Snowmen in forest with afternoon light

The Wizard and the Carpenter

By Rob Carney

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Old Roads, New Stories: A Literary Series

How much built is too much for the natural? How much before it’s unsustainable, even destructive in a permanent way? I don’t know, but I think the answer’s in the rearview mirror.

Still, I’m not about to say that all built things are bad. There are amazing things too.

Good Built:

  • movie projectors
  • stereos
  • the deck and menu and beer taps at Katy Downs on Commencement Bay
  • the towers that a kid stacks with Qwirkle tiles or Superstructs
  • the Space Needle
  • etc.

Bad Built:

  • indifference
  • bombs
  • bureaucracy
  • conspiracy theories (which are an insult to the word “built” and the word “theories”)
  • new apartment globs where the rent for 1-bedrooms starts at $1,400
  • and that’s just a start

A poem, of course, is also built no matter what Percy Shelley said about Winds of Spiritus and Inspiration. He’s not the best writer in the Shelley family anyway (although “Ozymandias” was right on target, and that poem never gets old). No, the best writer in their household was Mary. She wrote figure-8s around him, and around me too; I couldn’t write Frankenstein either. But I did write this parable recently:

The Wizard and the Carpenter

A man was building a house.
He’d fired the bricks and quarried the stone.

He’d even gone nights without sleeping,
weighing Lumber versus composite wood,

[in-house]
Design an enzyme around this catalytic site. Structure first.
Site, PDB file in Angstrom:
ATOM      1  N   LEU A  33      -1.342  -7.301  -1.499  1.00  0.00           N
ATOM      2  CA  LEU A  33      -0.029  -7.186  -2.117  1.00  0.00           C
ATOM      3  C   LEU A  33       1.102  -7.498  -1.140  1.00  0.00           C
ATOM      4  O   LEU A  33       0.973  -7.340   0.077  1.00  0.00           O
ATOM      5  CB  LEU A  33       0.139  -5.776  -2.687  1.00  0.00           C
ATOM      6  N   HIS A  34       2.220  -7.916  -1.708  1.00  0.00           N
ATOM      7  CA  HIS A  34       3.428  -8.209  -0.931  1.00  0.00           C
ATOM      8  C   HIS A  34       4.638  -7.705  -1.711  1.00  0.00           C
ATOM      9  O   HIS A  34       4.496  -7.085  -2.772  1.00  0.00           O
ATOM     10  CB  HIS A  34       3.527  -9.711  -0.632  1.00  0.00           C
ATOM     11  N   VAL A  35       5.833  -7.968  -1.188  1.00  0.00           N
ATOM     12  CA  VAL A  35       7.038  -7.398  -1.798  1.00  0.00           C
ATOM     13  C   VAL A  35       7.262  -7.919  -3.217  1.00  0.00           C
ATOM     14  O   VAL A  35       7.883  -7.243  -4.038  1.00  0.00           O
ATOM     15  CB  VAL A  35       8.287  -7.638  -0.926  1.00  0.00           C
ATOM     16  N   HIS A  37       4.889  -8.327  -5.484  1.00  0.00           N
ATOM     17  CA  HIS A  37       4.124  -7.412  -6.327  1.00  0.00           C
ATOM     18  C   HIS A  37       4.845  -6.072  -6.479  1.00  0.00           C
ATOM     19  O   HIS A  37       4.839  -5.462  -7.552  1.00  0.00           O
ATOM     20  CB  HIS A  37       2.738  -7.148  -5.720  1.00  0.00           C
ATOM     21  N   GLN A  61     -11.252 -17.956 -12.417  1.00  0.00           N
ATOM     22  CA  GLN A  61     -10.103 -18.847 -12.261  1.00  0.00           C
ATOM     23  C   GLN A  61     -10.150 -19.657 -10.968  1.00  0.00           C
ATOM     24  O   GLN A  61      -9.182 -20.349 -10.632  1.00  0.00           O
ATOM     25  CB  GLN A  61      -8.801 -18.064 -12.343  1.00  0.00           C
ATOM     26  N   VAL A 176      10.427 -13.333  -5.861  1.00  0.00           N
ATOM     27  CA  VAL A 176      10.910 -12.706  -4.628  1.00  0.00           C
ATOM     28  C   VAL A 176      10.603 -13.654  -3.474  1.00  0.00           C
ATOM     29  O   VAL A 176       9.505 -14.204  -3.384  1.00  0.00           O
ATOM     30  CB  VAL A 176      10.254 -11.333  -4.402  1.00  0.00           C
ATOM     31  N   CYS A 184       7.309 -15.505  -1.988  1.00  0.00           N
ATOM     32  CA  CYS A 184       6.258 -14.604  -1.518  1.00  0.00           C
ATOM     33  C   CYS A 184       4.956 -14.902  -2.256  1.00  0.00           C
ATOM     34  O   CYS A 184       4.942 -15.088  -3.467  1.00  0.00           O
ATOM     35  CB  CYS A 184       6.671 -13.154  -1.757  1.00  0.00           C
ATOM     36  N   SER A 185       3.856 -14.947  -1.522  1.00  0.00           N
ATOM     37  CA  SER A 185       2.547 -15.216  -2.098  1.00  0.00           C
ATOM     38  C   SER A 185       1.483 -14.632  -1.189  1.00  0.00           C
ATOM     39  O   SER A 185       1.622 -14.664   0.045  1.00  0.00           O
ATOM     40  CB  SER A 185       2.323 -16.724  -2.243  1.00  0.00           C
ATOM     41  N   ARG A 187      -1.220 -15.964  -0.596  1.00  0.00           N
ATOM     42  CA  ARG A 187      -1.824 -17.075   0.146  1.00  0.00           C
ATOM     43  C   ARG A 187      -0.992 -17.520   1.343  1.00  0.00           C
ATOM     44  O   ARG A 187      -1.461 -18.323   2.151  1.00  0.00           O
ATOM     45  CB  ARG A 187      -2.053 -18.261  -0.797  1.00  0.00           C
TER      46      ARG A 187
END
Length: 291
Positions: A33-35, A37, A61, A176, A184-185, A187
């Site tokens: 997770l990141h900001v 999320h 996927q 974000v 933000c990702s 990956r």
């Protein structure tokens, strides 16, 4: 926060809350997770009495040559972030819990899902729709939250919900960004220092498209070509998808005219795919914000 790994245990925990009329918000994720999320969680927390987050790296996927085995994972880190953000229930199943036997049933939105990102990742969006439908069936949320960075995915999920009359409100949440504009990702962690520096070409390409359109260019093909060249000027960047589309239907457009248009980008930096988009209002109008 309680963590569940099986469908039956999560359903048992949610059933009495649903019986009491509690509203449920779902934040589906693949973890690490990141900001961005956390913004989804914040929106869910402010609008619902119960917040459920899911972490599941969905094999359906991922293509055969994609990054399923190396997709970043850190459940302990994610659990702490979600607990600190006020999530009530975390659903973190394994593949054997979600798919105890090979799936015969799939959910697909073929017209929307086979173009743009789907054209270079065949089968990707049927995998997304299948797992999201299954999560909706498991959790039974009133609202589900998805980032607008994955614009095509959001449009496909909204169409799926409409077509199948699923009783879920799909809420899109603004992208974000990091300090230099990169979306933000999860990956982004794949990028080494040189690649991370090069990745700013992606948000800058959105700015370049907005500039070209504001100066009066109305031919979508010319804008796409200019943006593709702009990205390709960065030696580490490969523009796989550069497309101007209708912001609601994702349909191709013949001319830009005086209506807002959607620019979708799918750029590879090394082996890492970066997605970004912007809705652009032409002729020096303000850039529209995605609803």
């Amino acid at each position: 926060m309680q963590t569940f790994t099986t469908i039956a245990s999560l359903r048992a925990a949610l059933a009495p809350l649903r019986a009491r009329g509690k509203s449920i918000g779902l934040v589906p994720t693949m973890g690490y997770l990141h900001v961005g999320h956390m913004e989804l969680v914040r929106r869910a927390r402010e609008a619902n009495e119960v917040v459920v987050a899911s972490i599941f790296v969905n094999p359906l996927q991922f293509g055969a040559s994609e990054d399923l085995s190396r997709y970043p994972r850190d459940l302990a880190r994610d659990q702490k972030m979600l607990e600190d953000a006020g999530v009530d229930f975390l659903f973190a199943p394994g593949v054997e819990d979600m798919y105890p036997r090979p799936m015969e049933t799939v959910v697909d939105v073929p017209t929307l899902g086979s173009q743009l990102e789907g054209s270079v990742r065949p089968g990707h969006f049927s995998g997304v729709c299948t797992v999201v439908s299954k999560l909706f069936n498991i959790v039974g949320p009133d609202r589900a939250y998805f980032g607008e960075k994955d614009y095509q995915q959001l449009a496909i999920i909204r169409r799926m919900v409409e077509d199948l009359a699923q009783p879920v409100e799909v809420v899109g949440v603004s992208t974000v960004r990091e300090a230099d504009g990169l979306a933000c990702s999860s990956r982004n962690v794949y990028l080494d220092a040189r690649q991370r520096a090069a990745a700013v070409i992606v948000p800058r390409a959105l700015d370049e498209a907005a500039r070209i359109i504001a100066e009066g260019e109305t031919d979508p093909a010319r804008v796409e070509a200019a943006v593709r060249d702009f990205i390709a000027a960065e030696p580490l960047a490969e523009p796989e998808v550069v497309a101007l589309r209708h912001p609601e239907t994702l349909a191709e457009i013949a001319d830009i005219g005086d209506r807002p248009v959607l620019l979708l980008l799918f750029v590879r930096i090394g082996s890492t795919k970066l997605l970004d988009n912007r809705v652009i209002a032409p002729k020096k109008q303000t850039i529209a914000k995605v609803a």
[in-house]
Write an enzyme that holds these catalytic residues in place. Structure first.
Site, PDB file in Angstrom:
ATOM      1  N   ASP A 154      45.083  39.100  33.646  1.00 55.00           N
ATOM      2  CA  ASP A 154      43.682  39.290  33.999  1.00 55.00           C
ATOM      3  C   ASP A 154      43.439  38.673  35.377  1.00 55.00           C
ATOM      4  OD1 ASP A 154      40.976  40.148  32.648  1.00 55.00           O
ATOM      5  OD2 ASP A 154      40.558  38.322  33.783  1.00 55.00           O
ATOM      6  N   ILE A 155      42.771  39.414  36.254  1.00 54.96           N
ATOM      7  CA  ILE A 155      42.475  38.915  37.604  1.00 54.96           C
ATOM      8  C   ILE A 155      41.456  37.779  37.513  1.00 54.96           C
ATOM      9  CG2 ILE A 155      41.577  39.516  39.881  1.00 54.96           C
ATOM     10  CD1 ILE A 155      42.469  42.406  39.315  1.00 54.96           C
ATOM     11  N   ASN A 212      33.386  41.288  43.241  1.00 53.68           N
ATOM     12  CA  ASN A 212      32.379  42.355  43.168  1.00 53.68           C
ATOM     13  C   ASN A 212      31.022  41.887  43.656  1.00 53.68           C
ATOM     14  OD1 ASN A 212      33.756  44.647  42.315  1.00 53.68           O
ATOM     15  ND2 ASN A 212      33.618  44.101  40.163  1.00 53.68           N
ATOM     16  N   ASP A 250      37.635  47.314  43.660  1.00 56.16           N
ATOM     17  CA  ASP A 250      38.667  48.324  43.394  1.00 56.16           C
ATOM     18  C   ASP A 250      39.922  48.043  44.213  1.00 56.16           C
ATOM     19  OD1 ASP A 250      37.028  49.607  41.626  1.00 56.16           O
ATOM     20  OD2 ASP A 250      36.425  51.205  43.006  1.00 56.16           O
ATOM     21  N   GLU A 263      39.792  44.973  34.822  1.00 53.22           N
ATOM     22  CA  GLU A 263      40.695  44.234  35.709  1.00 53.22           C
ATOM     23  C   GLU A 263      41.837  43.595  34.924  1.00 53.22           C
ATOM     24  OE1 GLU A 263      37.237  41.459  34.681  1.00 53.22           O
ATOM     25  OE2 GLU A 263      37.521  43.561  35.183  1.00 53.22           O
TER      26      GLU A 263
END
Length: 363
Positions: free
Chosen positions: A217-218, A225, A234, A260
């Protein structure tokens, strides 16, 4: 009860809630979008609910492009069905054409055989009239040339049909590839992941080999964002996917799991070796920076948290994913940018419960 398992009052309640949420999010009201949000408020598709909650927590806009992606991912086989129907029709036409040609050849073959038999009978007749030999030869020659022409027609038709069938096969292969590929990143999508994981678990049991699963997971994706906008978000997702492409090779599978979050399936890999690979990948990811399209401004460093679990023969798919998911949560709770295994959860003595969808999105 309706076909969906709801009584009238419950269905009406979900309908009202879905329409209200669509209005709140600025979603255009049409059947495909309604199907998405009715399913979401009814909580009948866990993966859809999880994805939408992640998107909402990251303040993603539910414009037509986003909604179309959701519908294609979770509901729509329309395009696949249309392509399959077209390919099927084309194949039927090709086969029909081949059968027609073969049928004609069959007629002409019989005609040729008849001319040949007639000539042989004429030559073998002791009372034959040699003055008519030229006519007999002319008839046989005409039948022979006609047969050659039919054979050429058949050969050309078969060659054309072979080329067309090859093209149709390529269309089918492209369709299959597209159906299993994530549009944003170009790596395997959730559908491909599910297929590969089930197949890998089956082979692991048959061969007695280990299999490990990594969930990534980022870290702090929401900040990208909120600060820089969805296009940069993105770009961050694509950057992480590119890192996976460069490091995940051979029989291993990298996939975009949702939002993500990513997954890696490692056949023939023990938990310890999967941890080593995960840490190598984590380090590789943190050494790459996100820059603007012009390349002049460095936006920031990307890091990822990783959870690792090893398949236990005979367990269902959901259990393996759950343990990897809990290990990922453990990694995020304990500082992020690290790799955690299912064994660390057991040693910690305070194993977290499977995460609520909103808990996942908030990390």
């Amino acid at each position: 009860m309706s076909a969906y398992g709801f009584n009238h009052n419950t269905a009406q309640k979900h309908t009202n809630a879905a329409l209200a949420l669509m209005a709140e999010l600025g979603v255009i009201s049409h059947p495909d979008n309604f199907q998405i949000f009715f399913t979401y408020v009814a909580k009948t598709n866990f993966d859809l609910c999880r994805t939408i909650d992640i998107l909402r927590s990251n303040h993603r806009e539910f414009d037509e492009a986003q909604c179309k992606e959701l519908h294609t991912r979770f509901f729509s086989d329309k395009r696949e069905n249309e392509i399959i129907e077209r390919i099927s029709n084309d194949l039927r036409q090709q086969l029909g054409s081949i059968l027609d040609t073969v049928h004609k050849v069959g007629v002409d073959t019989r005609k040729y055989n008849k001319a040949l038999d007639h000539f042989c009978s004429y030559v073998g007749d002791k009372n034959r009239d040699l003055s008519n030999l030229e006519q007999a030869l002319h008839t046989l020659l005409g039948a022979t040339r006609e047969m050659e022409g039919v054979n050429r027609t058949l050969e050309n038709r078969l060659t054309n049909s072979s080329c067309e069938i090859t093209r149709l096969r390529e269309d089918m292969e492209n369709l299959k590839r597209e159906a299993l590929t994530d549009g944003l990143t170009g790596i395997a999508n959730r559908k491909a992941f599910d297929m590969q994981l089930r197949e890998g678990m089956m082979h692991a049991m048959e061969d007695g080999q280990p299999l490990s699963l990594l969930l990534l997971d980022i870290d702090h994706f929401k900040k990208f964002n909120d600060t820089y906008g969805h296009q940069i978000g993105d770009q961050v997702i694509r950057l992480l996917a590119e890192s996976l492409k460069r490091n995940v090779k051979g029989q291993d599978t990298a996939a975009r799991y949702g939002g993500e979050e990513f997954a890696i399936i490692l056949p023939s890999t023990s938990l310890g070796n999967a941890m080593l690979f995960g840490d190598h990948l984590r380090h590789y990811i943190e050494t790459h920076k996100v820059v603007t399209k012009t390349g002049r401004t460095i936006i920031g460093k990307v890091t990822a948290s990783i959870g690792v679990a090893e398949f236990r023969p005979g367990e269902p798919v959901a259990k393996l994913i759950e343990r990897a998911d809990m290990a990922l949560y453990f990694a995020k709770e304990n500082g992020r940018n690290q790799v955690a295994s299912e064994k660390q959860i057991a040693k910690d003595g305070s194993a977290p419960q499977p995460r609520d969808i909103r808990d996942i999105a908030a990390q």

composites or bamboo?
then finally decided on wood: It seemed

more right,
more elemental.

There was a Master Glazier at the top of a mountain,
so he climbed it up through the ice-fog

where under ice-blue skies he learned the chi
of window installation.

After he’d plumbed it, he’d roofed it
into geometric proofs against the weather,

turned wires into constellations,
room by room.

Then the doors lived easy on their hinges.
Then the floors were laid, then the furniture settled,

when somewhere a wizard pushed a button
and made his whole house disappear.

“Oops,” said the wizard,
and: “I’ve never seen that happen,”

and: “Normally no one would push that button,
not unless you requested it…

Well, somebody must’ve, and this isn’t my department,
they’re at lunch, they’re in a meeting, they’re

in a building hidden in the fourth dimension, so
contact them to initiate a Look-See because

no one can really look into this because
my phone is melting, there are

bandits here, I’ve been signaled
that a meteor’s about to disconnect me

so why don’t you just go ahead
and build another house.”

“You’ve got to be kidding me.”
“No. Is there anything else I can help you with?”

Not an upbeat New Year’s kickstart, I guess—not unless your resolution is to think less highly of “apps” and “upgrades” and those VR blinders—but I really do mean to be hopeful. There are many good kinds of everyday building and, therefore, so much to celebrate: a snowman, for instance. Or a stack of dishes after dinner. Or even just a handful of CD cases: Alex the Astronaut kicking things off, and then The Kinks and James Brown next.



Rob CarneyRob Carney’s first collection of creative nonfiction, Accidental Gardens, is out now from Stormbird Press, and his new book of poems, Call and Response, is available from Black Lawrence Press. Previous books include Facts and Figures, The Last Tiger is Somewhere, The Book of Sharksand 88 Maps.

Read an interview with Rob Carney appearing in “The Ocean is Full of Questions.”
Read Rob Carney’s Letter to America in Dear America: Letters of Hope, Habitat, Defiance, and Democracy, published by and Trinity University Press.
Read poetry by Rob Carney appearing in 6th Annual Contest Finalist, 4th Annual Contest Winner, and Issue 30. And listen to an interview on Montana Public Radio about The Book of Sharks.

Header image by TeamDAF, courtesy Shutterstock.

Orcas in sunlit water
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